Friday, October 24, 2008


As with most situations in my life, it's best to end on a joke.

The retreat last week was really profitable.  Not that I am changed completely or instanteously.  I am still in need of conversion and making the work of Faith real through changing the way I live.  However, as with Pentecost, I hope that the Divine Fire of the Holy Spirit can melt the glacial cap on my heart.  That's some global warming I can believe in.  True to the statement above, I found myself at the receiving end of a joke from the Divine Master himself.

You wouldn't know this to look at me but I have something of a pessimistic twist to my personality.  I think it's the dark German roots fighting the merrier Welsh and Irish strands.  At any rate, I am careful to rein in my self evaluation for fear that I will begin to believe my own hype.  To that end, I am fond of reminding myself and others, I am just a little sparrow in the Lord's flock.  Akin to St. Therese's Little Flower in the garden, I am content to chirp and to do my job however it presents itself.  During my retreat, the retreat master kept challenging me on this point.  I am not sure what he wanted me to see through this challenge.  But needless to say, it was a topic of parts of conversations all week.

On Friday, my retreat was ending with Holy Mass in the Basilica.  I sat down in the choir stall and was preparing myself for Mass, I thought, by looking at the reflection provided by Magnificat.  However, as I flipped the page, it was as though my guardian angel, or some other angelic assistant (I figure given my degree of goofery I have two or more angels assisting my assigned guardian angel), my eyes fell on the last line of the day's gospel.  It read: "Do not be afraid.  You are worth more than many sparrows."  I immediately doubled over in laughter; if it had been out loud it would have been an inappropriate amount of laughter.  Fr. Irwin, who was seated beside me, asked what the joke was.  I showed him the line, but I don't think he got it.  My retreat director was seated across the way from me, and when the Gospel was finished, he was smiling at me, as if to say, he understood the joke too.  All I could do was shrug my shoulders.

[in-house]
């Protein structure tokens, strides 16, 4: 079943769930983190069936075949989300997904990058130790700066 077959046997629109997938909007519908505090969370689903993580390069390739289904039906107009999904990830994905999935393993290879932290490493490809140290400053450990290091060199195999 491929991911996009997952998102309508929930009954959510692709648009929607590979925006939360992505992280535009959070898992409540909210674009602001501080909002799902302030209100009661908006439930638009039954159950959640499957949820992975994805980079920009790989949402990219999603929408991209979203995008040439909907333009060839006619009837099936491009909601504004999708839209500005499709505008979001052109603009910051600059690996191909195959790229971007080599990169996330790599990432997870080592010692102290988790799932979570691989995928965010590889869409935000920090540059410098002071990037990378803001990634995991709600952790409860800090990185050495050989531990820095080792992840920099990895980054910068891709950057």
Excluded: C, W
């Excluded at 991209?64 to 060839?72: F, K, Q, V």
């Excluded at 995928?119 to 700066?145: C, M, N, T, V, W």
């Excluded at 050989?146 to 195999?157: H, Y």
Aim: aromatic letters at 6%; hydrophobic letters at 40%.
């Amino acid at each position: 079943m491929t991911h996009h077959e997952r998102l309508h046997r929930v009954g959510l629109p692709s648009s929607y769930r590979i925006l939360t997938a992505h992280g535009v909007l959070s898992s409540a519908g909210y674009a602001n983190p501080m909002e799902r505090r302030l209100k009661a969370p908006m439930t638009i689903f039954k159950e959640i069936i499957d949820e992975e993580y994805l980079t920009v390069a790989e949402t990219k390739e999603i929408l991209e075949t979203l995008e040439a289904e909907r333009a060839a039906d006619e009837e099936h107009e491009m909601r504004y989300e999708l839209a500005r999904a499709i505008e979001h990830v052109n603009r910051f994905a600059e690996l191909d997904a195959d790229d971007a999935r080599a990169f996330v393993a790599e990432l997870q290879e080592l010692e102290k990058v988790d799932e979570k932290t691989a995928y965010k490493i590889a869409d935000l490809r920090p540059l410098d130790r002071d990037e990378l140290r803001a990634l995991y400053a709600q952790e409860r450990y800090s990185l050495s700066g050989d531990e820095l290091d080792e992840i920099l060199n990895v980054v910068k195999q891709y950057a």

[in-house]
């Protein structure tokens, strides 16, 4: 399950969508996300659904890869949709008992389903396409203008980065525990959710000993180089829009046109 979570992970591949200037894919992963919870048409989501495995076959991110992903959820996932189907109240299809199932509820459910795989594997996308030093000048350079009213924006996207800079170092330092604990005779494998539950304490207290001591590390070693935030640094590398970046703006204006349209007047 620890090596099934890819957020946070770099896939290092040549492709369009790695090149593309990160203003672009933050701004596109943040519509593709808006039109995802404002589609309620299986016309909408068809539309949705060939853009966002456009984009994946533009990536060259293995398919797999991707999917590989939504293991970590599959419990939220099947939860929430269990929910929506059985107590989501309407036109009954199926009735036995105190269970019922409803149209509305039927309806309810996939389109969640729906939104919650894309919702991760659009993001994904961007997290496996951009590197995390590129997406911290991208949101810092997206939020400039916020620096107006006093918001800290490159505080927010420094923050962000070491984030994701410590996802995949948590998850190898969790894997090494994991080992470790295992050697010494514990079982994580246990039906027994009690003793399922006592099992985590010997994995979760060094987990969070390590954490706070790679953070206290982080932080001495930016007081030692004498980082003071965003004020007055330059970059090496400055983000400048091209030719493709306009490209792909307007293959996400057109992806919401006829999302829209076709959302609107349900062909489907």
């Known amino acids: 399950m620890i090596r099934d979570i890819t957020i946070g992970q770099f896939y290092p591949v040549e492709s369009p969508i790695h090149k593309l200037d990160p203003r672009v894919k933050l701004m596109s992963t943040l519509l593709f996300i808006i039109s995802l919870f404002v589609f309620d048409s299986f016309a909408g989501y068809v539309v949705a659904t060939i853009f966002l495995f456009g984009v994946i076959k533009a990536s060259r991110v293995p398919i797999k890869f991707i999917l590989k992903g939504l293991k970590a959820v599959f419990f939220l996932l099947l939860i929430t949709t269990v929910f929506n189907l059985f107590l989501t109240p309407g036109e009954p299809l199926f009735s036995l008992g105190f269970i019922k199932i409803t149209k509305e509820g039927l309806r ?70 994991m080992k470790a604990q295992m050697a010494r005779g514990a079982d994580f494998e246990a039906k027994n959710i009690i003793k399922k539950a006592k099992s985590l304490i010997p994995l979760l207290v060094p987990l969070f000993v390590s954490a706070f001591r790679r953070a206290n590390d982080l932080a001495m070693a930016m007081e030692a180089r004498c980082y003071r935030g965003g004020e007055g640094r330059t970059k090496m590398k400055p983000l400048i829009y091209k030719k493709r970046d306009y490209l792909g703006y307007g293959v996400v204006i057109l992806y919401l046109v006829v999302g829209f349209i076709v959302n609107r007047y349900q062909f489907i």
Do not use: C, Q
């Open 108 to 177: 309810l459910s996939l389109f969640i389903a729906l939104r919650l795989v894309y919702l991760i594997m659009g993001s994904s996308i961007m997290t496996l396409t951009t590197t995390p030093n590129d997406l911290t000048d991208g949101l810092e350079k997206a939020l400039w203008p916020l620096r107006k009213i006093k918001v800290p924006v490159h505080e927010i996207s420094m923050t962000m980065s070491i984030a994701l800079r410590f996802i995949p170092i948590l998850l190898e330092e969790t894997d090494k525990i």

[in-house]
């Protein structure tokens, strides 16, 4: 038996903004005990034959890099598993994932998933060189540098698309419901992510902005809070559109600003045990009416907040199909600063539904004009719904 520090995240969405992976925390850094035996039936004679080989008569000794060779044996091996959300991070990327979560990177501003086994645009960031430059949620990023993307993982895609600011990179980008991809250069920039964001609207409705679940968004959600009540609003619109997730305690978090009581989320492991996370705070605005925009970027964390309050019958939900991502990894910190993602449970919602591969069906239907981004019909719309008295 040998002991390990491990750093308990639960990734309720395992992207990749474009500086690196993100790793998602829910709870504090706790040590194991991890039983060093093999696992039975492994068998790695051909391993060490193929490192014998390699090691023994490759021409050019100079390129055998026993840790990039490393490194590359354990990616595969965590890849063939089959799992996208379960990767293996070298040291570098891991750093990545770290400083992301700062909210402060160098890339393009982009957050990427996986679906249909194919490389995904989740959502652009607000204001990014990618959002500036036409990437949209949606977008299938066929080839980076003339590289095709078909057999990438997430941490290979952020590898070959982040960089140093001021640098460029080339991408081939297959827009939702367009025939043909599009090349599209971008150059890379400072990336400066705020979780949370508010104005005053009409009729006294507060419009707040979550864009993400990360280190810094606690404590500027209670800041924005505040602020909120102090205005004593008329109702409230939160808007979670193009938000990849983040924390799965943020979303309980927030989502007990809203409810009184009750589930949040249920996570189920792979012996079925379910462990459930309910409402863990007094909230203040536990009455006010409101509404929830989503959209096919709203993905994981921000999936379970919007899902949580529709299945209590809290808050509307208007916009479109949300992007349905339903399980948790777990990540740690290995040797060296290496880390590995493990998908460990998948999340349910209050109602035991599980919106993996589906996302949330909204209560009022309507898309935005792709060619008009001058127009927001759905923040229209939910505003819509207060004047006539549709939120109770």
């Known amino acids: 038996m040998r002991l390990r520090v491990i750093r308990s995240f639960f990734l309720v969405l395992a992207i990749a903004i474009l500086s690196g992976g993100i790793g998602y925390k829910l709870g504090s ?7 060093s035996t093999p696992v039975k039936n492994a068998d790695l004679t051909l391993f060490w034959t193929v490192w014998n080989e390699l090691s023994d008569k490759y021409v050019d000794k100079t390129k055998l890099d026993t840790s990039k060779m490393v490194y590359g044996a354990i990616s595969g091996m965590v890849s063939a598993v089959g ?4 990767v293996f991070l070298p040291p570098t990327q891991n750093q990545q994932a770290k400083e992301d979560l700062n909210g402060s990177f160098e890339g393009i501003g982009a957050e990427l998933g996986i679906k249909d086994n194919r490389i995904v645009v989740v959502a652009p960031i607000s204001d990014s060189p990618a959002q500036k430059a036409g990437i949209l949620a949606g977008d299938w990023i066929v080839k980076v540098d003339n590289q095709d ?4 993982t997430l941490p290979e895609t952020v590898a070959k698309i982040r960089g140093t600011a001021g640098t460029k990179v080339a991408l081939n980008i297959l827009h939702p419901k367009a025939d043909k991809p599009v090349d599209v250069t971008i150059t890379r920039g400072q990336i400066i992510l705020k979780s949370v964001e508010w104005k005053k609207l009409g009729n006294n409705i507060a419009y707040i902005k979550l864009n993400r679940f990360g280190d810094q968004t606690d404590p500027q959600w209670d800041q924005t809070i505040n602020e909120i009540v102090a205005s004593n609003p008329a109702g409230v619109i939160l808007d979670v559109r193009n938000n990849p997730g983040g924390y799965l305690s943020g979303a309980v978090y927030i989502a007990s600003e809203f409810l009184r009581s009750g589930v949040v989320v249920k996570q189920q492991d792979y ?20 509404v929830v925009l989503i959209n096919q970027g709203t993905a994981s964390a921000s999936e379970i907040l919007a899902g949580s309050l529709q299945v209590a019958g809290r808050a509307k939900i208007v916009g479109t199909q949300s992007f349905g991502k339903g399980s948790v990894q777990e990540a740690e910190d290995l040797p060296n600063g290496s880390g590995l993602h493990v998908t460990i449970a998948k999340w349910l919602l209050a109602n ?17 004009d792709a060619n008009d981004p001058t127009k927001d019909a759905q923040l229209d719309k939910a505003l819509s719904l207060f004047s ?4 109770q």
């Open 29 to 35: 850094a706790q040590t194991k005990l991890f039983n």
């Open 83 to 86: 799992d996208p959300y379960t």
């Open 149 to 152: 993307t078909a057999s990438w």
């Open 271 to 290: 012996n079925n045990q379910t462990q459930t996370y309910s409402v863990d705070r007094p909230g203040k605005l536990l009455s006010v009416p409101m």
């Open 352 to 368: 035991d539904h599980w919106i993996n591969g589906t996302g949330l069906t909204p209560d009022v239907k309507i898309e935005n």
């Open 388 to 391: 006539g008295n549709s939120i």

I don't know what the punchline exactly is.  Is it that I am more than the sparrow I envision myself or that being a sparrow isn't all that bad?  I stand by my assertion though that the world admires eagles, but depends upon the simplicity of sparrows.

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